“Events over the past year have demonstrated just how fragile and interconnected global supply chains are, and the critical role played by the shipping industry. It is essential that companies understand their accumulations and consider ways in which they can minimize exposure to major events,” says Khanna.

  1. Climate-risks contribute to claims

Climate change will increasingly affect marine insurance claims, with more extreme weather events and with new exposures linked to the transition to net-zero.

Natural catastrophes were already the fifth biggest cause of marine insurance claims, by frequency and severity for the five-year period ending December 2021, according to AGCS analysis. Extreme weather and natural hazards have contributed to a number of large losses in the past, with the loss of vessels and damage to cargos – extreme weather was a contributing factor in at least 25% of the total vessel losses reported in 2021 alone. In addition, drought in Europe during 2022 again caused major disruption to shipping on the Rhine, preventing many vessels from navigating this critical European shipping route fully loaded. Meanwhile, in the US, many barges were reported to have run aground on the lower Mississippi River as drought dropped inland waterways to levels not seen for decades, impacting one of the most cost-efficient means of getting commodity crops such as grain into the global market. 

Weather has also been a factor in a recent increase in the number of containers lost at sea, as heavy seas exert huge forces on large container vessels and container lashings. According to the World Shipping Council  [10], the annual average number of containers lost at sea has increased 18% over the past 14 years to 1,629 in 2021. The average losses for the two-year period 2020-2021 alone were 3,113 compared to 779 in the previous period.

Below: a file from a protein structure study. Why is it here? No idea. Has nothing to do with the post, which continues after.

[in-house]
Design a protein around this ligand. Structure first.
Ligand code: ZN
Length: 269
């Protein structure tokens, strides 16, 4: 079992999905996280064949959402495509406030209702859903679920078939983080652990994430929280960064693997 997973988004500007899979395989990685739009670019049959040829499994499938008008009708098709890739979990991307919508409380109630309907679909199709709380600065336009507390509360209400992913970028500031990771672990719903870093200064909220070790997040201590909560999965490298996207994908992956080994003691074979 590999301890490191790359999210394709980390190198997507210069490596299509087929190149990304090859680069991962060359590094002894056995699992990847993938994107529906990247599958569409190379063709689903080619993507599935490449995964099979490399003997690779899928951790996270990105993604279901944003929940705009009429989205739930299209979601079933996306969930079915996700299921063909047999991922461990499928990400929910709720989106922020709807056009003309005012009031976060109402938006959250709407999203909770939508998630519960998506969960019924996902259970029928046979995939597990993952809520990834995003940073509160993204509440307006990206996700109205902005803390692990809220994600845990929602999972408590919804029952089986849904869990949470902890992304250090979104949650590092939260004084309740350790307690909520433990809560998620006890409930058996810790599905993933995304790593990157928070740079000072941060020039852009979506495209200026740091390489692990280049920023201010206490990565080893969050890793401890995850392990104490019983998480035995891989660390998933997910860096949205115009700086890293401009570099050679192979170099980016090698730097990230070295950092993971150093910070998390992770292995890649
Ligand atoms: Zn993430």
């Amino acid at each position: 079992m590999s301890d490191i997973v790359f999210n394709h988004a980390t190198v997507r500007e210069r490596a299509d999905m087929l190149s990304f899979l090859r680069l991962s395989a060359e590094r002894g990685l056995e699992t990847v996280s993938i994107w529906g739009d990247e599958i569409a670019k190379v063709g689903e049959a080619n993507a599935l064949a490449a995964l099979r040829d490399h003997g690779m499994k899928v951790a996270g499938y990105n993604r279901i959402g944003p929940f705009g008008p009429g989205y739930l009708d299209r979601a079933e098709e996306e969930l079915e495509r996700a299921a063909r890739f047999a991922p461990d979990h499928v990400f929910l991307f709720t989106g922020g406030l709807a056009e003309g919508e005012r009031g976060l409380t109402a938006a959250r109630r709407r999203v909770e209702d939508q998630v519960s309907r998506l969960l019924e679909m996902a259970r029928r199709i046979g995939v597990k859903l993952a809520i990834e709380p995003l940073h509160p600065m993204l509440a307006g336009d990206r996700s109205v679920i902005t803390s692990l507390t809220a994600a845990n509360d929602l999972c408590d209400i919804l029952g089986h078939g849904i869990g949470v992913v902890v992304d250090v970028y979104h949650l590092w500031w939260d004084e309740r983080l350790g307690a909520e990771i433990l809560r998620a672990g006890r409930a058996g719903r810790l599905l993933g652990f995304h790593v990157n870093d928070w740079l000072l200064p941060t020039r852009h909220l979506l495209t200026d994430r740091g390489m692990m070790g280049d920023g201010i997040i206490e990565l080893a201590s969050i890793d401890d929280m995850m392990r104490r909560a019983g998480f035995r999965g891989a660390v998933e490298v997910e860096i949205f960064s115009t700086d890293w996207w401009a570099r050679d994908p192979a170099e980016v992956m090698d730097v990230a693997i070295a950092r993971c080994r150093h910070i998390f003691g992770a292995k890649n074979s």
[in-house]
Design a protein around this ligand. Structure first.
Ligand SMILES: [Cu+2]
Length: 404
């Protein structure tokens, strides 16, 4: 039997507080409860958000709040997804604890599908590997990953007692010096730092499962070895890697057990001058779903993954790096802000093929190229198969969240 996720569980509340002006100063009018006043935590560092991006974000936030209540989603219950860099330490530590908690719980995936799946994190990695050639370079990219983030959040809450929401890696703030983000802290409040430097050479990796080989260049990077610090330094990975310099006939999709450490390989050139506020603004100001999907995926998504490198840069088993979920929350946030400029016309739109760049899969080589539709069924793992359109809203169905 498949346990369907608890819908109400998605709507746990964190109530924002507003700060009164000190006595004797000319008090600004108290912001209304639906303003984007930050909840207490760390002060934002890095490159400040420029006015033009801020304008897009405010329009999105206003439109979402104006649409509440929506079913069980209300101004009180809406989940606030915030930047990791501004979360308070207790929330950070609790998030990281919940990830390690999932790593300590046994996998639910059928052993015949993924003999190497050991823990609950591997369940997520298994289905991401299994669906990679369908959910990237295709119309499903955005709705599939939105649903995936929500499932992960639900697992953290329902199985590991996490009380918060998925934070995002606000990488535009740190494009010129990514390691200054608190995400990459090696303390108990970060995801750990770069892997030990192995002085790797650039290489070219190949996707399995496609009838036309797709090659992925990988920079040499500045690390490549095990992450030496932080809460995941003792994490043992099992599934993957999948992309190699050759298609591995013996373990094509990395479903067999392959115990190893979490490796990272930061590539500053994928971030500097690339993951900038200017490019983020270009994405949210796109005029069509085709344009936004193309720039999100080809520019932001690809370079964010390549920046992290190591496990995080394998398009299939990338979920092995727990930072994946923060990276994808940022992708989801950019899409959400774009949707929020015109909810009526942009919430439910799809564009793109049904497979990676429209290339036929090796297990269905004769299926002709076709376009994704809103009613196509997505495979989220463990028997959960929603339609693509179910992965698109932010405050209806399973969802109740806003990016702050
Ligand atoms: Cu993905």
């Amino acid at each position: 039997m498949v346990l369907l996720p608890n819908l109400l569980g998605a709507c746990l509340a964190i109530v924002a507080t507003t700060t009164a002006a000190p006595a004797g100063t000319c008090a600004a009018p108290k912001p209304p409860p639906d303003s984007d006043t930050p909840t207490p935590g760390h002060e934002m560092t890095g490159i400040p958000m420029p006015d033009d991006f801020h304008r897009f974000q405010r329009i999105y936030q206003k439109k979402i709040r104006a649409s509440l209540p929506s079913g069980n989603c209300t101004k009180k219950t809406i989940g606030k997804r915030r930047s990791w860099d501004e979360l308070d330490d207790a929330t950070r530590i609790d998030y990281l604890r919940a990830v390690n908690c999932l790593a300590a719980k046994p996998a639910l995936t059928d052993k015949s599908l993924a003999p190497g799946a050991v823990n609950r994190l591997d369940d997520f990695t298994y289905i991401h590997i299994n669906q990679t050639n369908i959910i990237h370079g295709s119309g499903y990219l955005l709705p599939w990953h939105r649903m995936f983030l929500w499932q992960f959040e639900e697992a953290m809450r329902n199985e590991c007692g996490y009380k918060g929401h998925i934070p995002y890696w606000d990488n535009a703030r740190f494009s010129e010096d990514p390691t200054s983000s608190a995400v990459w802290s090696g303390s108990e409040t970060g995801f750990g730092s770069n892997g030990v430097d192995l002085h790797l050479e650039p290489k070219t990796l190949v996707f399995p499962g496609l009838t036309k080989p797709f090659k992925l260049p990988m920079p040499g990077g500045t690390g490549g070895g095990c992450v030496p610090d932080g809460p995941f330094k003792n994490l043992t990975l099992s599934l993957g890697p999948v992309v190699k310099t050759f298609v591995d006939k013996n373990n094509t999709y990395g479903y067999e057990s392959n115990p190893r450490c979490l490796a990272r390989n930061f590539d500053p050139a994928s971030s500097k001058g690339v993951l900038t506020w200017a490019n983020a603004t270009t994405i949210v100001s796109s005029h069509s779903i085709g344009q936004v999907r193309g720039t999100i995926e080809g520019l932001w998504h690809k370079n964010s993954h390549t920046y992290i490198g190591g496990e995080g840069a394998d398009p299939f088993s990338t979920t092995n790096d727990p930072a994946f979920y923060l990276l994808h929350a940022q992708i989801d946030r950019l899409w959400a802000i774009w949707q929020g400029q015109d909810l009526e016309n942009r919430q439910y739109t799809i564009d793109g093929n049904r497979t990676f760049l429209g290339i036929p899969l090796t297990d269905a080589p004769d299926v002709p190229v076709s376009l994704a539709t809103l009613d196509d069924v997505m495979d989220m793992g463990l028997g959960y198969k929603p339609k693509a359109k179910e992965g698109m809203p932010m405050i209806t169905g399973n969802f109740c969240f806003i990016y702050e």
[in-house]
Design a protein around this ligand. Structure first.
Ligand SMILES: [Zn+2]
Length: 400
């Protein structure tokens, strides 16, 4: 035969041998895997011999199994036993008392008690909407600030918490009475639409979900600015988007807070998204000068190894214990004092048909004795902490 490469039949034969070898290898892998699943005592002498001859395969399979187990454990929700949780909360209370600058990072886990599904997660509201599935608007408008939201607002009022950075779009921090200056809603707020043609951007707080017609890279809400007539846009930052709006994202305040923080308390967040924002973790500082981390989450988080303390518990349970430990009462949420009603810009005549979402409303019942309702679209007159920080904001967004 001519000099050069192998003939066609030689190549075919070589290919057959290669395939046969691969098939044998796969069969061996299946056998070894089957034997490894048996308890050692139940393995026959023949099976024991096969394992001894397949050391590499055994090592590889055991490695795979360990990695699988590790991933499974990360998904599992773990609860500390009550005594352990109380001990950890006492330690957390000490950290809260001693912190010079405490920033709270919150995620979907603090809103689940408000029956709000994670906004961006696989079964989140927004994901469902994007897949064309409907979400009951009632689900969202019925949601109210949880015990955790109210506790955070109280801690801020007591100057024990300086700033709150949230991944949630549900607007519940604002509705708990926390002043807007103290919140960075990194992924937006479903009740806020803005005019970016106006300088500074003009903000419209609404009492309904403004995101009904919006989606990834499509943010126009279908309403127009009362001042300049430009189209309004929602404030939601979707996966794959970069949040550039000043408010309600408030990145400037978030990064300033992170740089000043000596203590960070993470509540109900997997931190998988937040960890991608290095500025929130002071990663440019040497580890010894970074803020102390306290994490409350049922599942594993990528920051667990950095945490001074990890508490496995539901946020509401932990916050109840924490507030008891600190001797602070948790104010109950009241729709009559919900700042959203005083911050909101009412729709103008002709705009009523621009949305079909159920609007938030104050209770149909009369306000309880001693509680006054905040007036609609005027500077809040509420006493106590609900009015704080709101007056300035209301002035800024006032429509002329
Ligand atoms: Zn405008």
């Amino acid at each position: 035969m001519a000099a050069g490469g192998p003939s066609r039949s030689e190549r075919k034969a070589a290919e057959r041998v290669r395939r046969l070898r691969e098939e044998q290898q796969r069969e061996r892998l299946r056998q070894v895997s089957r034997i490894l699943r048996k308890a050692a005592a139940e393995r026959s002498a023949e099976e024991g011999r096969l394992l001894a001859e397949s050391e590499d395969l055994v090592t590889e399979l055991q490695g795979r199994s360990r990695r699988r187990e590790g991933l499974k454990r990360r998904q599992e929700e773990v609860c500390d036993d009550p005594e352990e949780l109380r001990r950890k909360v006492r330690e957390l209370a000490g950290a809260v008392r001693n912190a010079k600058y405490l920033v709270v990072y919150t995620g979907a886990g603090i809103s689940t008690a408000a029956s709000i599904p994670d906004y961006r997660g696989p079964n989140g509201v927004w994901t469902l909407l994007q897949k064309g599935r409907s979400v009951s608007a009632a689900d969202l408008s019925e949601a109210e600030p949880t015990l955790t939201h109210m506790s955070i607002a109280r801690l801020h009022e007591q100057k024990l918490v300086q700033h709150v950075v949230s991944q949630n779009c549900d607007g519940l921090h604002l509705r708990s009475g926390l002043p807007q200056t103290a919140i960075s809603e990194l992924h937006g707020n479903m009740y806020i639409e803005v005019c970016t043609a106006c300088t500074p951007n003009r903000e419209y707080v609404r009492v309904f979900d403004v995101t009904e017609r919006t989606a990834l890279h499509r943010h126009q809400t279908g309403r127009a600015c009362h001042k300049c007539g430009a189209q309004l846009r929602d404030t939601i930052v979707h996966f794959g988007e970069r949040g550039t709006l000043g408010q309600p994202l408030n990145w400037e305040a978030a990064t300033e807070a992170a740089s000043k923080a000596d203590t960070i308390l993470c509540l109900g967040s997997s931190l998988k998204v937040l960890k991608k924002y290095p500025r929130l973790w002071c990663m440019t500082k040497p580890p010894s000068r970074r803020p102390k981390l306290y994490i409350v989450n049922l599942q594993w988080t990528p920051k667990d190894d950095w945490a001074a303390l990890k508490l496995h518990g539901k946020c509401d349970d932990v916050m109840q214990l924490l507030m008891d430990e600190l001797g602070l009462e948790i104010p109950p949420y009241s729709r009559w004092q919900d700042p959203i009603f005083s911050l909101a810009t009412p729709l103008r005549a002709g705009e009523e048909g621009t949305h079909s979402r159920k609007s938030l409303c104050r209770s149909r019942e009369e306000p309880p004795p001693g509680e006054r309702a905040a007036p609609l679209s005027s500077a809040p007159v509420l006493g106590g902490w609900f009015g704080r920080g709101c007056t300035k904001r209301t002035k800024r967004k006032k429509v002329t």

Efforts to decarbonize the shipping industry will also impact marine claims going forward. With 90% of international trade moved by sea, shipping is currently a major contributor to global greenhouse gas emissions. The International Maritime Organization (IMO) is working towards a 40% cut in greenhouse gas emissions across the global fleet by 2030, and at least a 50% cut by 2050. Reducing greenhouse gas emissions will require the shipping industry to develop more sustainable forms of propulsion and vessel design. A key risk factor in the transition will be the adoption of alternative fuels, which could include liquefied natural gas, green hydrogen and methanol, as well as electric- and wind-powered assisted vessels. 

The introduction of new technology and working practices can, however, result in new risks or unexpected consequences. Machinery breakdown is already a significant source of marine insurance claims – it is the fourth largest cause by frequency and value over the past five years. The insurance industry has already seen a number of machinery breakdown and contaminated fuel claims related to the introduction of low sulfur fuel oil under IMO 2020, which was introduced to cut sulfur oxide emissions, as marine fuels and bunkering has become more complex.  

The shift to greener energy sources is already giving rise to new claims scenarios. In 2022, drifting bulk carrier Julietta D [11] collided with an offshore wind turbine foundation and transformer station in the Hollandse Kust Zuid windfarm, having previously collided with the tanker Pechora Star after its anchor gave way in a storm. With 2,500 wind turbines due to be installed on the North Sea before 2030, the risk of a ship-to-turbine collision is estimated at 1.5 to 2.5 times a year, according to the Maritime Research Institute Netherlands (MARIN).

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Source: AGCZ